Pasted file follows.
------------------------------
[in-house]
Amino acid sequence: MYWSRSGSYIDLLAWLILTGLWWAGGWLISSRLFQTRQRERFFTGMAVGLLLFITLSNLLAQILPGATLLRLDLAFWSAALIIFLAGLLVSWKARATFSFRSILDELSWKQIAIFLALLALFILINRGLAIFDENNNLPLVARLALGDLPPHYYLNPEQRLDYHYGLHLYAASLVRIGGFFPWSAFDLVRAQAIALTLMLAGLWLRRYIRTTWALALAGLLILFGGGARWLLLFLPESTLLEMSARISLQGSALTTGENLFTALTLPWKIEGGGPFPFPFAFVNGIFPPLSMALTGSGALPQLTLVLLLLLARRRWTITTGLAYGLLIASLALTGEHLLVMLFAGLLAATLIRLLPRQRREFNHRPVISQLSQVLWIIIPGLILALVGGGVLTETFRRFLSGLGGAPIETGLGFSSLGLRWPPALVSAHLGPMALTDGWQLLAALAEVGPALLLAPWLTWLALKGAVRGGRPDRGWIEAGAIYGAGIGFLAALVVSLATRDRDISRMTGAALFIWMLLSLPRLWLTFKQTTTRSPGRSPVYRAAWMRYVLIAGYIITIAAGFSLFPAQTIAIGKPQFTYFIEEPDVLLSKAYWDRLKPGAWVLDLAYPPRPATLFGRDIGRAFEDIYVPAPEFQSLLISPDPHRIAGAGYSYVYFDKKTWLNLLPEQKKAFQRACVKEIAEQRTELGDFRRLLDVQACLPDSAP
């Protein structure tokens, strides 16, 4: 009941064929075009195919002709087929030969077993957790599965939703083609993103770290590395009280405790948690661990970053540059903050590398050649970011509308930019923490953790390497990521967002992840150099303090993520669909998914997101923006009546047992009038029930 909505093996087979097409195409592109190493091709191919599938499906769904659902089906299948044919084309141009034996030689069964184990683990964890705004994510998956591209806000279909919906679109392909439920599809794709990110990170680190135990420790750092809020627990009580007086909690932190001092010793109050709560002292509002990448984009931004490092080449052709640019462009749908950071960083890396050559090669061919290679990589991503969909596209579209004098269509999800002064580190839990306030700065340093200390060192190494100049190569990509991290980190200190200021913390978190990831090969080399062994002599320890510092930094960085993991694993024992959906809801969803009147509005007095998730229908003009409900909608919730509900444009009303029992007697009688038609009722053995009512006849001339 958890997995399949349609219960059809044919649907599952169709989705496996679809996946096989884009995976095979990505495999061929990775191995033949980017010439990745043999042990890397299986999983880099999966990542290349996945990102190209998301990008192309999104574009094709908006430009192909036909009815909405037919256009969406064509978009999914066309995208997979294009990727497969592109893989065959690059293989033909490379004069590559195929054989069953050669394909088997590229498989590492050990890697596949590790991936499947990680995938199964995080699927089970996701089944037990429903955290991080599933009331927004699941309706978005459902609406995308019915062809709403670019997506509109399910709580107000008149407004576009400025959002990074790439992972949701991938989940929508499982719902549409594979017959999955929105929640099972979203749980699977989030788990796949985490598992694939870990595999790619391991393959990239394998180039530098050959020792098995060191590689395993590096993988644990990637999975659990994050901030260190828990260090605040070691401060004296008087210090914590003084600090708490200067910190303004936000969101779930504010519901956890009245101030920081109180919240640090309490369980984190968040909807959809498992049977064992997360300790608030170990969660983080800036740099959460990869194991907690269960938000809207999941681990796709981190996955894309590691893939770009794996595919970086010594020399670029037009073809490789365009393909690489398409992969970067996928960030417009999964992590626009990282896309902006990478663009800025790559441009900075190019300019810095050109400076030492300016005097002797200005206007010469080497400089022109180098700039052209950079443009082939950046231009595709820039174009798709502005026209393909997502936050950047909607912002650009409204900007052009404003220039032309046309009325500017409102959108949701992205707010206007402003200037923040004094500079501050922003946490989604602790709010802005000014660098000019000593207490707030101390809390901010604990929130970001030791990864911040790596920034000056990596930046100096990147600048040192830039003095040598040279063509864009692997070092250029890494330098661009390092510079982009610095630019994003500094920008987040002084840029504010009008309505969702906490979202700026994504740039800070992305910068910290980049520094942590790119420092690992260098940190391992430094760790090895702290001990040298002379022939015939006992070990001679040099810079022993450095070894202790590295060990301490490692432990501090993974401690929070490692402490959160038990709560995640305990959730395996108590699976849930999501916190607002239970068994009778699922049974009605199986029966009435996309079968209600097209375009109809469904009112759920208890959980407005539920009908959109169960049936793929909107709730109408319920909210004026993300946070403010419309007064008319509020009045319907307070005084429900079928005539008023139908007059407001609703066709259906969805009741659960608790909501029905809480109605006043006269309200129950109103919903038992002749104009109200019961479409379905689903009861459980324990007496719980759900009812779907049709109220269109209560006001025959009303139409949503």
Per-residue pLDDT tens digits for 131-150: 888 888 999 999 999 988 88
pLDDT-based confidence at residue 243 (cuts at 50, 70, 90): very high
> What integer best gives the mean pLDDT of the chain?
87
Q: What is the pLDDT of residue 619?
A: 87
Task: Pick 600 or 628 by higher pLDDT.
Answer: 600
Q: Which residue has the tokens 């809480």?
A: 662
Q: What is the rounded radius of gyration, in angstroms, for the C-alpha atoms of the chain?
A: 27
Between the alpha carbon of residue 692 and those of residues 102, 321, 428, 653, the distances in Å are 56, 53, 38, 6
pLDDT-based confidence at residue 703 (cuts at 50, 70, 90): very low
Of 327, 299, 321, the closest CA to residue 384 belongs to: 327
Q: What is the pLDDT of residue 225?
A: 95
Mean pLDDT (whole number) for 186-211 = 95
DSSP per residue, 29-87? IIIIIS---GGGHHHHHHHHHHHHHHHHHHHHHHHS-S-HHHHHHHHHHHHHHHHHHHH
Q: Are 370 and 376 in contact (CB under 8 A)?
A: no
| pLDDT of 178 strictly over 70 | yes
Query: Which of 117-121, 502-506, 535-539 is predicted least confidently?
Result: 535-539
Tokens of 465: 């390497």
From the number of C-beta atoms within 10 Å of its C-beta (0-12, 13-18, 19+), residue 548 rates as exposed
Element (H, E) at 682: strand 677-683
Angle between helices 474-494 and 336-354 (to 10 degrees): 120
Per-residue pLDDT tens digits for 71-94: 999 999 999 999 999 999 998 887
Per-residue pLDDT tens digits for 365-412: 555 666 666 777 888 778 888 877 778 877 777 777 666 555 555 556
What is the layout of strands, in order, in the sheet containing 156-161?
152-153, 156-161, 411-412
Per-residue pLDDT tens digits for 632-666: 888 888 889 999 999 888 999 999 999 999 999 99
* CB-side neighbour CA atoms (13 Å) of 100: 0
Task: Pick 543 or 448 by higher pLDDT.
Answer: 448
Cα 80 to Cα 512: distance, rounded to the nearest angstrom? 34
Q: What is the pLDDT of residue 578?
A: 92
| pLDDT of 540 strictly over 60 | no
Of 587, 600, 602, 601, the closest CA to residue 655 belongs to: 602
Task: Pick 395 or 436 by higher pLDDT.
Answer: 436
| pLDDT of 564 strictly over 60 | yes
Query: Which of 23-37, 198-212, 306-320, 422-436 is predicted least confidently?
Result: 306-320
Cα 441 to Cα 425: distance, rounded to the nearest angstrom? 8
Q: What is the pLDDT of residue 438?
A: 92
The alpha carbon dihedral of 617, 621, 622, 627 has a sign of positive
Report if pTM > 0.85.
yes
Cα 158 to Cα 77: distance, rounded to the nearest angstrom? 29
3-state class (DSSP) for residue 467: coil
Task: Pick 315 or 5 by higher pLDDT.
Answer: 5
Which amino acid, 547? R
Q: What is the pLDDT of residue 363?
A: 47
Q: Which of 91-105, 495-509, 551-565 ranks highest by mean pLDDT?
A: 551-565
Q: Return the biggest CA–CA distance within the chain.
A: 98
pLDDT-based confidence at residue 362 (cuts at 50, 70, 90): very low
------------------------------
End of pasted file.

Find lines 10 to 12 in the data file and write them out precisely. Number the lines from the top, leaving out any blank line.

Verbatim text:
Task: Pick 600 or 628 by higher pLDDT.
Answer: 600
Q: Which residue has the tokens 């809480």?